Final post-season victories: 3.
Quotes of the day
"It simply reaffirms this group and the dedication they have to playing 27 outs. Nobody hung their head. Nobody blamed anybody else. I think it simply reaffirms what we've done all season long and that's battle from start to finish... We don't listen to the skeptics. We battled right down to the last out, so we have nothing to be ashamed of. The adjustments were made. The attitude and perseverance that we showed all year was still there, even down the stretch." -- Tony Clark
"If you're looking for someone to blame, start here. I had a terrible series. It was too bad. Obviously, it wasn't for a lack of effort." -- Eric Byrnes
"It was a routine play. I (expletive) it up. What can you say? Cost us four runs and it was pretty much the ballgame after that" -- Conor Jackson
"We believed in ourselves the entire season, and we ended up being one of the last four teams playing. So no doubt it was a successful year. There's nothing to hang our heads about. We lost tonight and we lost the series, but overall it was an amazing year." -- Chris Young
Congratulations to the 2007 National League pennant winners, the Colorado Rockies, who finished off the sweep of Arizona last night, and will go on to face either Boston or Cleveland in the World Series. I can't, in all honesty, begrudge them their victory. My main regret is that we did not play the way we have shown, so often this year, that we can. The sweep does not reflect the actual difference in quality of the two teams - but it does reflect the Rockies' vast superiority in the clutch, particularly with two outs.
Arizona ended the series just 4-for-27 with runners in scoring position, so it's not as if we had no chances. We had a higher batting average than the Rockies (.254/.222) and our OPS in the series was 43 points better too. Yet, they outscored us over the four games, 18-8. As we've been telling the world the entire season, that is, in the end, what matters. There's something ironic that we die, in much the same was that we lived this year: in the face of the statistical evidence.
The final game was, in many ways, a microcosm of the series, with the Rockies taking full advantage of their opportunity in a six-run fourth. Outside there, they had only two at-bats with a man in scoring position the rest of the game. We were 1-0 up in that fourth, thanks to an RBI single from Jackson but, inevitably, a two-out bloop turned the tide, with Smith getting jammed but somehow lobbing the ball, just fair, down the left-field line for a double. Even then, it was still a one-run game, but Jackson turned from villain to hero, inexplicably muffing an easy grounder by Taveras, which should have ended the inning. Instead, Matsui singled, and Holliday unloaded to center-field, a three-run homer that made the score 6-1 to Colorado.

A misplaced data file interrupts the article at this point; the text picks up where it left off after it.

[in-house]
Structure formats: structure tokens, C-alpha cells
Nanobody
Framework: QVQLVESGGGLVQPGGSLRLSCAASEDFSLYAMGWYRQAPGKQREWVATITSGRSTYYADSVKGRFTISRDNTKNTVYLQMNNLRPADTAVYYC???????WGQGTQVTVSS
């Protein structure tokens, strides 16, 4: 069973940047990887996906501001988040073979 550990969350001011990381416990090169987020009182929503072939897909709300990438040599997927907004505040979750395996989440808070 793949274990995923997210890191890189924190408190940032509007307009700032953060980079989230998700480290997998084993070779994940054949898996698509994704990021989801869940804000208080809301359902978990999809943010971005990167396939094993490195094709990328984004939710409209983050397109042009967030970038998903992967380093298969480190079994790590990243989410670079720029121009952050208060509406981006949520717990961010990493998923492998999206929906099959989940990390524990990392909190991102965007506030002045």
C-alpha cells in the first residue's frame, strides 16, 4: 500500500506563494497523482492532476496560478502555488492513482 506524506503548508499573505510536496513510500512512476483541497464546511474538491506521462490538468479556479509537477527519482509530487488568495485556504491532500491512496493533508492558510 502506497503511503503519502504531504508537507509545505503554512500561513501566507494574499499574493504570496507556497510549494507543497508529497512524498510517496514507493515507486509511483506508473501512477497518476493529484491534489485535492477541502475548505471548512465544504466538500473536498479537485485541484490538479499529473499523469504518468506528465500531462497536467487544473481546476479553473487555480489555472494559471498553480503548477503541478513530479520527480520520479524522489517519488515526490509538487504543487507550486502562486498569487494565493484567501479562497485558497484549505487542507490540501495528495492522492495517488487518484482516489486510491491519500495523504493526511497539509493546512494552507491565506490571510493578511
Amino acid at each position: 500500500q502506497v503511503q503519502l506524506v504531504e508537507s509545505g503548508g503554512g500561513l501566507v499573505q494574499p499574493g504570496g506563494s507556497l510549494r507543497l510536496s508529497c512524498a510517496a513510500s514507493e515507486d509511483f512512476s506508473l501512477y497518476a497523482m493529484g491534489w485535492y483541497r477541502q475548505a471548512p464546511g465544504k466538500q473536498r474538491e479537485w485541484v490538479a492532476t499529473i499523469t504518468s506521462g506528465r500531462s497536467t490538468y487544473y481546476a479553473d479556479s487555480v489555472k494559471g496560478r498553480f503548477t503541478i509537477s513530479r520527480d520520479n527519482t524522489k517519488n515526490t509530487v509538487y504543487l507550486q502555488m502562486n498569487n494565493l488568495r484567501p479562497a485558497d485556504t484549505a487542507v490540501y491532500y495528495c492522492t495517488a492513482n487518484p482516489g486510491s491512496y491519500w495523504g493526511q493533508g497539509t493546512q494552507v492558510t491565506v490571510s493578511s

Typically, our offense arose too late. With just four outs left, Snyder hit his own three-run shot, and Upton followed with a triple to bring the tying run, improbably, to the plate. However, after Clark worked the count full, Corpas got him with a slow slider. Young doubled to bring the tying run to the plate in the ninth too, with one out, but Drew popped up on a 3-0 pitch. Them, fittingly, Byrnes grounded out weakly to end it, leaving our $30m man 3-for-17 in the series and 6-for-29 in the post-season. I really hope this is just his usual last-season slide, not an omen of things to come for the next three years.
One wonders whether Micah Owings was, perhaps, banged up earlier in that fourth inning. He ended up on the ground after fielding a tapper back to the mound, saying afterwards, "My back stiffened up a little bit. But the main thing was it just knocked the breath out of me." With hindsight...who can say. The bullpen was perhaps at their finest ever: Cruz and Lyon through 4.1 innings of no-hit ball, striking out nine of 14 batters. Whatever our issues this post-season, our relief corps was not it; here's their playoff line:
Bullpen: 24 IP, 9 H, 1 ER, 32 K, ERA 0.28
The Four Relievers of the Apocalypse were particularly...er, apocalyptic. Brandon Lyon pitched six innings, allowed one hit and struck out five; Juan Cruz 4.1 innings, one hit, with nine strikeouts; Tony Peña 5.1 innings, three hits, seven K's; Jose Valverde, 4.2 innings, two hits, fanned eight. No question, our bullpen was the collective MVP of our October.
And that was it. The final Gameday Thread of the year was sad, but largely philosophical. I think we had already passed through most of the five stages of grief in the previous three games, and the eventual loss was met with resigned acceptance. Thanks to everyone who turned up: Devin, snakecharmer, DbacksSkins, soco, Adam, bitterfan, azdb7, Dr Robert, TwinnerA, CA SnakesFan, 4CornersFan, oklahomasooners, westcoastbias, batster, dahlian, venomous1987, peeklay, IndyDBack, emilywebs [welcome!], VIII, monica in el paso, Silverblood, dbacksfan55555, Wimb, Pigpen Fan, nihil67 and cavscout. And thanks to everyone who has helped the threads explode this year. If you'd told me at the start of the season we'd pass 400 comments seven games in a row and come close to a thousand, more than once...
[Click graph to enlarge, in new window]
Master of his domain: Conor Jackson, +9.4%
God-emperor of suck: Micah Owings, -34.4%
Honorary suckness: Stephen Drew, -11.9%
And now, the off-season begins. I think there'll be plenty to talk about here, but there'll be time enough for that in the long, dark, cold (well, slightly less warm, here in AZ) winter evenings. For now, I'll just refer you to the post below, and let's remember the 2007 season not for the way it ended, but for what it brought us.